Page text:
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At Home on the Water

A strip of land on the cove caught the eye of a designer who then built the house of her dreams

Tim Lee

The house Michelle Perri built for her redefined family is an exercise in geometry. Overlooking Old Greenwich Cove, it showcases a contemporary layout that makes the most of a space-challenged site. Every interior inch has been used, providing ample room for two adults, two teenagers, a two-and-a-half-year-old and the family dog.

A shingled exterior and a porch glider to one side of the front entrance evoke the small-town ambience of Old Greenwich, but step through the door and all is space, light and water views. A collection of seashells artfully displayed throughout the house pays homage to its owner’s passion for the sea and to her determination to start all over again.

In 1992, Michelle’s husband Tommy died in a tragic plane crash. Their daughter Katherine was a toddler and Michelle was pregnant with daughter Nicole. Four years later, as a single mother, she was shown a house in Old Greenwich and fell in love with the location. Her new house on the site was completed in 1999.

Today the girls are teenagers and Michelle is married to Mickey Kydes, a former professional soccer player who runs the town soccer programs for Westport and Greenwich. Their son Christian leads his parents and sisters in a lively chase, but the house has proved to be resilient: It is unfazed by toddler exuberance.

Michelle and her partner in Greenwich Design Group, Sondra Peterson, collaborated on the interiors, working with architect Lou Salamone and landscape architect Piers Simon. Self-taught, Michelle honed her skills working for her father’s building management and construction firm. “The first time I smelled sawdust as a kid,” she says, “I knew I needed to be in this arena.”

It soon became clear that renovation of the existing house would not work. So, reclusing herself for a weekend in a friend’s cabin, Sondra set to work and came back with sketches that Michelle says, “I knew immediately — were exactly right. Our skills complement each other, and we shared the same vision of what the house could be.”

Growing up on a farm in Iowa nurtured Sondra’s talent for solving problems. “On a farm you have to figure out how to do what you need to do,” she says, adding that she comes from an “incredibly mechanical” family. “I think my interest in playing with space and proportion was influenced by exposure to my mom’s creativity.”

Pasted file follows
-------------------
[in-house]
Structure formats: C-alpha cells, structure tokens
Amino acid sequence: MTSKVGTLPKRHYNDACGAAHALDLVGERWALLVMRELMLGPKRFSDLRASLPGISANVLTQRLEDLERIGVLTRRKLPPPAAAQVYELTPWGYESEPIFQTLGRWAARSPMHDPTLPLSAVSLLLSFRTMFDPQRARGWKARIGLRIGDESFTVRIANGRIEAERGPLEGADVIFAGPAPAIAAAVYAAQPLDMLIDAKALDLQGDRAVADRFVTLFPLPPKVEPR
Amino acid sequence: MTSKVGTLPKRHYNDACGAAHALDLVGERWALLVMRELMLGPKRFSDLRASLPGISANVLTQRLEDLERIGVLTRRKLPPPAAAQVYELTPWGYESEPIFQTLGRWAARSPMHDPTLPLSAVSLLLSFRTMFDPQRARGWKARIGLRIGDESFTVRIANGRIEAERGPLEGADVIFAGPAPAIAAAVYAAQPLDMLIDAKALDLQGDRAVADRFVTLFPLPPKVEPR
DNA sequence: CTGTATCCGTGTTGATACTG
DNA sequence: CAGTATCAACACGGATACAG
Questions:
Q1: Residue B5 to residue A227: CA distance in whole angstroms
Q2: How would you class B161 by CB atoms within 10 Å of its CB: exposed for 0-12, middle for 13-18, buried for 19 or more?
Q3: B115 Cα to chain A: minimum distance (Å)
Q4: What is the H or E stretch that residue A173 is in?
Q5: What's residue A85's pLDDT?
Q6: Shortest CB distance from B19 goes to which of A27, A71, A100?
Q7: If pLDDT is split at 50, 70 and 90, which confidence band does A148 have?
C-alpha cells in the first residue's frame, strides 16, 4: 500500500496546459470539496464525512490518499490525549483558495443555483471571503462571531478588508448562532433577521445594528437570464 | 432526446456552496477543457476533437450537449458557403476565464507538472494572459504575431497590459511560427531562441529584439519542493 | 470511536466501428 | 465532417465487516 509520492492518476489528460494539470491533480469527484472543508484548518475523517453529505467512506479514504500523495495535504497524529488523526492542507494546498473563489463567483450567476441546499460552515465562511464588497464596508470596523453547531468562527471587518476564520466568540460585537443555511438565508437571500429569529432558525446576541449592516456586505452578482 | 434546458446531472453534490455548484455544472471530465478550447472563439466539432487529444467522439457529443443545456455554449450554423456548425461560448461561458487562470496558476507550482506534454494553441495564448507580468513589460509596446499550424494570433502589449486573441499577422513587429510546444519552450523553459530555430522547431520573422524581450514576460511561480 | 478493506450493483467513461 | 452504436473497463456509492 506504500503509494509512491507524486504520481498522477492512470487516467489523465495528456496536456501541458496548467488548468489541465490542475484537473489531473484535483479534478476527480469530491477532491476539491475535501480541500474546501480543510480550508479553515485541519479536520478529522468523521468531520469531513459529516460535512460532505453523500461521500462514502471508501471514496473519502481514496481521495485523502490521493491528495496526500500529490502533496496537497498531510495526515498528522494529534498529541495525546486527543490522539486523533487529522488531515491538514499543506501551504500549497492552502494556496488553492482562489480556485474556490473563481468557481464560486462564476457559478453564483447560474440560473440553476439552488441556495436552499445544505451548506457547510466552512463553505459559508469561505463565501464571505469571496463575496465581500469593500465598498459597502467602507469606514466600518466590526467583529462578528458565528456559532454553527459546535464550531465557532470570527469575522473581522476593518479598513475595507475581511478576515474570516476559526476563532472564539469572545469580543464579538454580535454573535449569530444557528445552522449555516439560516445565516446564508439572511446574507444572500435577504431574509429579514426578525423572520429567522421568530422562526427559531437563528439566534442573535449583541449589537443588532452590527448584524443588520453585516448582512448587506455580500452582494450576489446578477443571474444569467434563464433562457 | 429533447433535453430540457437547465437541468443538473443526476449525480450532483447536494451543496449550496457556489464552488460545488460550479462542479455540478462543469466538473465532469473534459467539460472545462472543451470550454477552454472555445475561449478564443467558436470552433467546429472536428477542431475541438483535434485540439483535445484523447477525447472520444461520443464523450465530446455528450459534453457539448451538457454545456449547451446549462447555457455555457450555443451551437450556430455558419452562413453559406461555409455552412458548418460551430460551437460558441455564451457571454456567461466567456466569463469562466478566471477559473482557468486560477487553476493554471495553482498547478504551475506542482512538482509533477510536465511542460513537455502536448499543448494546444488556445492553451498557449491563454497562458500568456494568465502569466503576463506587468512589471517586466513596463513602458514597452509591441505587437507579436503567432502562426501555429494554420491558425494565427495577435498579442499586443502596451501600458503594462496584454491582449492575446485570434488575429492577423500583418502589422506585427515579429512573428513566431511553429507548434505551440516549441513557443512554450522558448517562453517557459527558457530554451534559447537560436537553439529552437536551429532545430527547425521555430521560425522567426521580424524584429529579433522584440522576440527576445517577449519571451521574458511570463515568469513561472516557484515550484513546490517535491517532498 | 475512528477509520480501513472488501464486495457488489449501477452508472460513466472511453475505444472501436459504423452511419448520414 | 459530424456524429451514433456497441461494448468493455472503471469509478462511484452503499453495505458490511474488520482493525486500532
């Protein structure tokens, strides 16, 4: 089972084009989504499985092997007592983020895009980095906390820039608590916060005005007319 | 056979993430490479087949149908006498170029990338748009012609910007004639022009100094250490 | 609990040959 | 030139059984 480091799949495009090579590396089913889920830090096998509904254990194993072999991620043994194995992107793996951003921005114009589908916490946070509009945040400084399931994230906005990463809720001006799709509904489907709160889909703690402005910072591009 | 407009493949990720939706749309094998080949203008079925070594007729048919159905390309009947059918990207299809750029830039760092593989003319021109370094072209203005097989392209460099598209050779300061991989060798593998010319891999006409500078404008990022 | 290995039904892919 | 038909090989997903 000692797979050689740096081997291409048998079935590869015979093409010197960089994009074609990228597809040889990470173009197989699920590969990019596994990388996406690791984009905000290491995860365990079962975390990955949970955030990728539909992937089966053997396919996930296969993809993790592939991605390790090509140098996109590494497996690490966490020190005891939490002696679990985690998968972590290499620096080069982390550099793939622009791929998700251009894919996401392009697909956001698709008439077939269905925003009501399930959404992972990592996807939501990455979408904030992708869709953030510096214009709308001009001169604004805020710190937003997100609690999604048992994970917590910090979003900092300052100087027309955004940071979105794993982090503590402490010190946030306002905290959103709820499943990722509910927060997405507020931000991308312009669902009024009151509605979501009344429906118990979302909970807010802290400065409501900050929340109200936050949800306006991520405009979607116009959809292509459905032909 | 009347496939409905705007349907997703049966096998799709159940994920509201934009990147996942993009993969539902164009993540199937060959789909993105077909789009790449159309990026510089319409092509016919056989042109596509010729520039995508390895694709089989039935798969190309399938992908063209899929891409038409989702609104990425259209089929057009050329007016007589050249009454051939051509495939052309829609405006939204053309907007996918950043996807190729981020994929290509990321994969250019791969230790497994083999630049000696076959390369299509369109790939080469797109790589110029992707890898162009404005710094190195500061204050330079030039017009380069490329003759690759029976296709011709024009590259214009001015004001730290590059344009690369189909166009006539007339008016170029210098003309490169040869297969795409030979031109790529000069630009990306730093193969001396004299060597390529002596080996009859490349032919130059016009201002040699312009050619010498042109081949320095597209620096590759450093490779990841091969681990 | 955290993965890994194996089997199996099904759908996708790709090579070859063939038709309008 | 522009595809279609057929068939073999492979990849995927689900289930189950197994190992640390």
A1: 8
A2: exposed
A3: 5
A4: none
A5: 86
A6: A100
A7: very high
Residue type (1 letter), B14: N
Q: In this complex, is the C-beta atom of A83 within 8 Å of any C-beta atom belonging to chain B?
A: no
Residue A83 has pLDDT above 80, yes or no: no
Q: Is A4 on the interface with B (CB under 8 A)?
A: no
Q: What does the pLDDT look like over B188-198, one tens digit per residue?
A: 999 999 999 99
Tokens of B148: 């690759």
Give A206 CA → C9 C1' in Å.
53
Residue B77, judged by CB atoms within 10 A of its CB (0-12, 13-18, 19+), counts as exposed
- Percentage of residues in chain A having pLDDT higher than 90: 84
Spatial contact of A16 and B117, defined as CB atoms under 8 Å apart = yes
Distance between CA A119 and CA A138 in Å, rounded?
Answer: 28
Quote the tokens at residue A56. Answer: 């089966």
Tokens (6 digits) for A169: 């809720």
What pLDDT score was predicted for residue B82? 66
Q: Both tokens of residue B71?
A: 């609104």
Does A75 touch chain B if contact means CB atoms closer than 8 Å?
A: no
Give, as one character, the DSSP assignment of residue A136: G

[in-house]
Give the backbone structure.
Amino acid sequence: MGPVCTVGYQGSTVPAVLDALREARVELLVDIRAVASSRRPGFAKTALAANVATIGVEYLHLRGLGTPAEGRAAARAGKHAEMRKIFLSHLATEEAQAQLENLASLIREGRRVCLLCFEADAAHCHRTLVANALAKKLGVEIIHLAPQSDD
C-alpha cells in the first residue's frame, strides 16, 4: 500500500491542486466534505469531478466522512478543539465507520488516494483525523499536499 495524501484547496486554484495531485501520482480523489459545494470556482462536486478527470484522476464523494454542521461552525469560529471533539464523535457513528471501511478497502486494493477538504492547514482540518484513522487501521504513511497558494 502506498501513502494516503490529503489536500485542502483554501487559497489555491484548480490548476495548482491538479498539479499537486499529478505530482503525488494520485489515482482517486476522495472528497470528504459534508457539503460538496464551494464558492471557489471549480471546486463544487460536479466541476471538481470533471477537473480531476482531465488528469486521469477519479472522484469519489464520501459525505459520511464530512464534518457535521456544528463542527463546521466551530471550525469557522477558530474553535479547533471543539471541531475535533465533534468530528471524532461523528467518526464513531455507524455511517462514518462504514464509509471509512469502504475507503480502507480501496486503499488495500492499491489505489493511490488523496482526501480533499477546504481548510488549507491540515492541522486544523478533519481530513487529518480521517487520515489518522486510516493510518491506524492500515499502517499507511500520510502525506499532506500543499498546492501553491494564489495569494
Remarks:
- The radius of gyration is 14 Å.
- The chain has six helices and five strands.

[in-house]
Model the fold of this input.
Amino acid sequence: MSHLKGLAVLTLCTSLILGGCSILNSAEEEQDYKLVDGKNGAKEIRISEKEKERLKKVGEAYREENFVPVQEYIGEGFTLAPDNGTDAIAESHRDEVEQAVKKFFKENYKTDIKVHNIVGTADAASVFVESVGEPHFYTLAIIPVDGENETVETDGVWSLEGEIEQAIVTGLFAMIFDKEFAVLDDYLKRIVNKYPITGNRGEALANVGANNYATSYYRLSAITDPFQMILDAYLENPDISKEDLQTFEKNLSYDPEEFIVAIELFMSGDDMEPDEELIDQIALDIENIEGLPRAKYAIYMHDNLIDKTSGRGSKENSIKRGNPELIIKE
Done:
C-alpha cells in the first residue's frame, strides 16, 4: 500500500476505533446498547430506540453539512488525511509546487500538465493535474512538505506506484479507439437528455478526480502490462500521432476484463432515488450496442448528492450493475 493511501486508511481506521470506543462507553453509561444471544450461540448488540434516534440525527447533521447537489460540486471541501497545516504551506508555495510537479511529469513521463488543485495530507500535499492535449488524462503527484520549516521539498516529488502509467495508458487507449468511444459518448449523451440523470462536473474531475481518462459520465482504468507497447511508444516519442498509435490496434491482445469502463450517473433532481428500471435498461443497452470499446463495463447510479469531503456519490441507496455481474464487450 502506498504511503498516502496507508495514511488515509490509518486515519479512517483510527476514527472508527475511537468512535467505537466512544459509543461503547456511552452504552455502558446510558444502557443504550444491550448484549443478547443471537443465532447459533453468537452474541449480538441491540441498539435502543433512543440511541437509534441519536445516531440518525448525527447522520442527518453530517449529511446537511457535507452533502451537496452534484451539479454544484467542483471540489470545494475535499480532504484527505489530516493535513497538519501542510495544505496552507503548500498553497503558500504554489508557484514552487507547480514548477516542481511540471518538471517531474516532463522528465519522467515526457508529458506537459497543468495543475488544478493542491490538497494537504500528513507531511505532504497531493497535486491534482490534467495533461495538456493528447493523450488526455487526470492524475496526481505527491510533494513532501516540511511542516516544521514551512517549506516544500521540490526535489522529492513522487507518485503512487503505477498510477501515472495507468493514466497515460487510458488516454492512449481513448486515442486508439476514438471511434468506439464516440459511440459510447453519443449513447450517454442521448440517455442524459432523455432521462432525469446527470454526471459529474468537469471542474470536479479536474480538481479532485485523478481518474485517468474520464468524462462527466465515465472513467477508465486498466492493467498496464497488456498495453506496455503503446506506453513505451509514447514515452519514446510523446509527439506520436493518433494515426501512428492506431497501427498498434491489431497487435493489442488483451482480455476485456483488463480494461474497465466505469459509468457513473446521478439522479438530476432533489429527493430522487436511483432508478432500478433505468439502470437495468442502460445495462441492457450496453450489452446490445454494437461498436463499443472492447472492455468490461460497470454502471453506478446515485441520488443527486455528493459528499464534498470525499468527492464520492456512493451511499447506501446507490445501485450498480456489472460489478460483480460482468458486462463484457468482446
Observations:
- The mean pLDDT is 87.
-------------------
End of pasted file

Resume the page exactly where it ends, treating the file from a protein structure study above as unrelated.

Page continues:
With two hundred and thirty-five feet of frontage on the cove, the house offers an ever-changing panoramic view of sea, sky, natural light and color. From wherever she sits in the house, Michelle says, “the perspective is unique.”

The first floor is an enormous space, partitioned by furniture into a formal living room, dining room and family room, with apostrophes at either end, one a library, the other a kitchen. An enclosed porch is in a wing off the kitchen. Matching stone fireplaces on opposite sides of the long room tie the expanse into a harmonious whole, as do dark-stained walnut flooring, tambour detailing, onyx countertops and a color palette of apple green on the walls and burgundy, rose-pink, pale blue and acid green in the furnishings.

The curve of the staircase that leads to the second floor is another key design element. It allowed for the creation of a reverse C-shaped wall in the powder room and a C curve for the full length of the wall of shelves in the library. On the second floor, the same curve lends interest to a bathroom wall.

The round, hand-carved dining table, graceful on its tambour-style pedestal base, immediately catches your eye as you walk in the front door. Cleverly, Sondra had the doors to the patio placed on either side of the picture window to avoid interrupting the view. “This way, the walking pattern to the outdoors curves around the table,” Michelle says. The table doubles as a cocktail table, yet can expand to seat fourteen for dinner. “We love to entertain,” she adds, “whether it’s a casual brunch or a more formal dinner party.”

While a carpet defines the family area, Michelle chose not to use one in the dining space. “We wanted to feature the random-plank floors,” she says, “to let the furniture seem to float on the dark walnut.”

A gently curved walnut buffet, whose legs conceal electrical wiring for television and lamps, divides dining room from family room. Its green onyx surface inspired the downstairs color scheme. “Watching TV on the family room side, you don’t see the dining table at all,” Michelle says. Built-in storage for china, glassware and silver is on the opposite side of the buffet.

A second island, which can serve as an additional buffet, separates the family room from the kitchen area. On the family room side, bar stools are the focal point while a Lacanche cooktop ordered from France — its lava stone surround tinted to match the onyx Michelle “had to have no matter what” — dominates the other side. And just beyond is a diner-style booth with bench seating for informal family meals and a small kitchen where vibrant amber-yellow cabinetry ventilated with panels made of stainless steel rods conceals appliances. An antique stone medallion sprouts trompe l’oeil ivy creating the illusion of a garden just beyond the farmhouse-style copper sink.